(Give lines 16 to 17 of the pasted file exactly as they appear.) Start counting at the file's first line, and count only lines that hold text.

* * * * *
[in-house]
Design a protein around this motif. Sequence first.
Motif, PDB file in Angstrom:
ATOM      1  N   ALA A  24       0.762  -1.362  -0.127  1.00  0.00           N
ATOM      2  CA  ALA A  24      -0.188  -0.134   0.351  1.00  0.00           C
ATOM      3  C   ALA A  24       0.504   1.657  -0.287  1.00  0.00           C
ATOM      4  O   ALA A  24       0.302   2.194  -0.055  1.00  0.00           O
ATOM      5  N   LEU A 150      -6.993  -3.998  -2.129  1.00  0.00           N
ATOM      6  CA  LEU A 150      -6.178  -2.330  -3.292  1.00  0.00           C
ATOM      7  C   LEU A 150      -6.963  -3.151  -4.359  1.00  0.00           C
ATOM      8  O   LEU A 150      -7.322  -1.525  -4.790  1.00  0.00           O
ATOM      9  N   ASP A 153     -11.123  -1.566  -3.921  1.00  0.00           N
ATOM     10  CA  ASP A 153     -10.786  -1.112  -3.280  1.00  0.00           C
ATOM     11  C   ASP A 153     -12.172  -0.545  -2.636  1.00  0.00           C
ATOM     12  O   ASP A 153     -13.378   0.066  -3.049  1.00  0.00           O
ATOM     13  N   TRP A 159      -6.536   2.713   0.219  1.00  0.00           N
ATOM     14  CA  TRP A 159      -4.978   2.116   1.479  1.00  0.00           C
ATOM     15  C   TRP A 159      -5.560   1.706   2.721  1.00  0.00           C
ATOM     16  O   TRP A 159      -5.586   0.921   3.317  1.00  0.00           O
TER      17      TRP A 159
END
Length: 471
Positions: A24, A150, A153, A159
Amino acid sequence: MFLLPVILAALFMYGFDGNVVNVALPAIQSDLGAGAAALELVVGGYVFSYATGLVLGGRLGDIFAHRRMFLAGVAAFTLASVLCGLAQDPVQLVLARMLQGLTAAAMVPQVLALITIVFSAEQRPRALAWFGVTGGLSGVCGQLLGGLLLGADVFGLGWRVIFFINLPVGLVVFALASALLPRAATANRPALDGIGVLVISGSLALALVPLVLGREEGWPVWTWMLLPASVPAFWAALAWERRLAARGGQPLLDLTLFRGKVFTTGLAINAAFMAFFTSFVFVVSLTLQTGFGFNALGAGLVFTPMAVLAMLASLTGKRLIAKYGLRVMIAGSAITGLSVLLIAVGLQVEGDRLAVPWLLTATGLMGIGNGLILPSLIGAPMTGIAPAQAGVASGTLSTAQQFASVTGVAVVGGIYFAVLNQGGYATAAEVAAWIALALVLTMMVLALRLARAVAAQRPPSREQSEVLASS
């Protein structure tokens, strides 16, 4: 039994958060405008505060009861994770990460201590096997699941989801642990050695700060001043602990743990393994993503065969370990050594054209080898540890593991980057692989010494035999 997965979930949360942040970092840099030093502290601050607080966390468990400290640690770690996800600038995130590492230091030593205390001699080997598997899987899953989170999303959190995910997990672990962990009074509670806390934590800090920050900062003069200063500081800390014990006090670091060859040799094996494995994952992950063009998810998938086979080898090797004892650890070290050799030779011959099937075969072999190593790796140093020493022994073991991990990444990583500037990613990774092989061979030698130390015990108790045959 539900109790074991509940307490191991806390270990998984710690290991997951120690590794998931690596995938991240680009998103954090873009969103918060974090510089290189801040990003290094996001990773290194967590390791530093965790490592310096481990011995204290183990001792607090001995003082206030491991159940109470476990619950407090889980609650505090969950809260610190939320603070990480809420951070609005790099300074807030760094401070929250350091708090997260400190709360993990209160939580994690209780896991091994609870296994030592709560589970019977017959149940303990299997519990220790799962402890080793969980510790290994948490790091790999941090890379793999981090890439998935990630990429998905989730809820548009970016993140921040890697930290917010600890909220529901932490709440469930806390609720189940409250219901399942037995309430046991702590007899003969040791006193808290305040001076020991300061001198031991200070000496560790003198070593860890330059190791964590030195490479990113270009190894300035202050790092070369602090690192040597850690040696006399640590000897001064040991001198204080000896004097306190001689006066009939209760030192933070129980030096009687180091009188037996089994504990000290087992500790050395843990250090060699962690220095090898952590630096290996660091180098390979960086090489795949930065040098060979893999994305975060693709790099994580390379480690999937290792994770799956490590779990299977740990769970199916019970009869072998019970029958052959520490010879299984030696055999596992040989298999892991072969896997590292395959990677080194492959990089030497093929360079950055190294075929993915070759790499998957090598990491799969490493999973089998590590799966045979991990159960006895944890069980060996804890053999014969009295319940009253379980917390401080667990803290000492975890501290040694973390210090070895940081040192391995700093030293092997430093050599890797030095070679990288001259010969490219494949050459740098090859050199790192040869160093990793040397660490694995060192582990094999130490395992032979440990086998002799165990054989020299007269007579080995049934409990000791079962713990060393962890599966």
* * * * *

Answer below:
ATOM     13  N   TRP A 159      -6.536   2.713   0.219  1.00  0.00           N
ATOM     14  CA  TRP A 159      -4.978   2.116   1.479  1.00  0.00           C